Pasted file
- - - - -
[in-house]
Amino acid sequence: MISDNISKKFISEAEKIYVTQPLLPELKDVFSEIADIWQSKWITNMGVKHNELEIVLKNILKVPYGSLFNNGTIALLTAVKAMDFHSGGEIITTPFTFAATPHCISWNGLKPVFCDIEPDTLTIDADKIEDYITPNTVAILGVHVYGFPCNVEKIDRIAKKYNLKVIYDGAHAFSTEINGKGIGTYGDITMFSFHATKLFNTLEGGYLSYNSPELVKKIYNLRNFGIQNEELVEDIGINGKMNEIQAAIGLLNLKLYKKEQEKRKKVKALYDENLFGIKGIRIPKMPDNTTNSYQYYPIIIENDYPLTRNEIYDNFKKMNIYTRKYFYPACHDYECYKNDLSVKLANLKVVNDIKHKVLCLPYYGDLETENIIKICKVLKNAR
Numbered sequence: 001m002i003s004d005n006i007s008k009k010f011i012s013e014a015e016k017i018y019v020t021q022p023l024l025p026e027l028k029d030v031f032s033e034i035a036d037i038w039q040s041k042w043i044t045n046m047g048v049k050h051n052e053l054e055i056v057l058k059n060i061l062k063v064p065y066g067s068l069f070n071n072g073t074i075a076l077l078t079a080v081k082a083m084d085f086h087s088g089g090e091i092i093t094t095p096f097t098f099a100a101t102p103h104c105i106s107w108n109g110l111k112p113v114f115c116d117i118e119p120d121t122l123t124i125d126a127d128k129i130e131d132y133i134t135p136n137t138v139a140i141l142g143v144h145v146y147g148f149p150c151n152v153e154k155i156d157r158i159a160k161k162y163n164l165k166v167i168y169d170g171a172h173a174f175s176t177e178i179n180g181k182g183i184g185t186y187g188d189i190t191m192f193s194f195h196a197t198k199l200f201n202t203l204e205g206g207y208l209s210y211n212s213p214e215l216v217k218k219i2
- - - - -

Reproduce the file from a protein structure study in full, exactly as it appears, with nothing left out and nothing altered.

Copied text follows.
[in-house]
Amino acid sequence: MISDNISKKFISEAEKIYVTQPLLPELKDVFSEIADIWQSKWITNMGVKHNELEIVLKNILKVPYGSLFNNGTIALLTAVKAMDFHSGGEIITTPFTFAATPHCISWNGLKPVFCDIEPDTLTIDADKIEDYITPNTVAILGVHVYGFPCNVEKIDRIAKKYNLKVIYDGAHAFSTEINGKGIGTYGDITMFSFHATKLFNTLEGGYLSYNSPELVKKIYNLRNFGIQNEELVEDIGINGKMNEIQAAIGLLNLKLYKKEQEKRKKVKALYDENLFGIKGIRIPKMPDNTTNSYQYYPIIIENDYPLTRNEIYDNFKKMNIYTRKYFYPACHDYECYKNDLSVKLANLKVVNDIKHKVLCLPYYGDLETENIIKICKVLKNAR
Numbered sequence: 001m002i003s004d005n006i007s008k009k010f011i012s013e014a015e016k017i018y019v020t021q022p023l024l025p026e027l028k029d030v031f032s033e034i035a036d037i038w039q040s041k042w043i044t045n046m047g048v049k050h051n052e053l054e055i056v057l058k059n060i061l062k063v064p065y066g067s068l069f070n071n072g073t074i075a076l077l078t079a080v081k082a083m084d085f086h087s088g089g090e091i092i093t094t095p096f097t098f099a100a101t102p103h104c105i106s107w108n109g110l111k112p113v114f115c116d117i118e119p120d121t122l123t124i125d126a127d128k129i130e131d132y133i134t135p136n137t138v139a140i141l142g143v144h145v146y147g148f149p150c151n152v153e154k155i156d157r158i159a160k161k162y163n164l165k166v167i168y169d170g171a172h173a174f175s176t177e178i179n180g181k182g183i184g185t186y187g188d189i190t191m192f193s194f195h196a197t198k199l200f201n202t203l204e205g206g207y208l209s210y211n212s213p214e215l216v217k218k219i2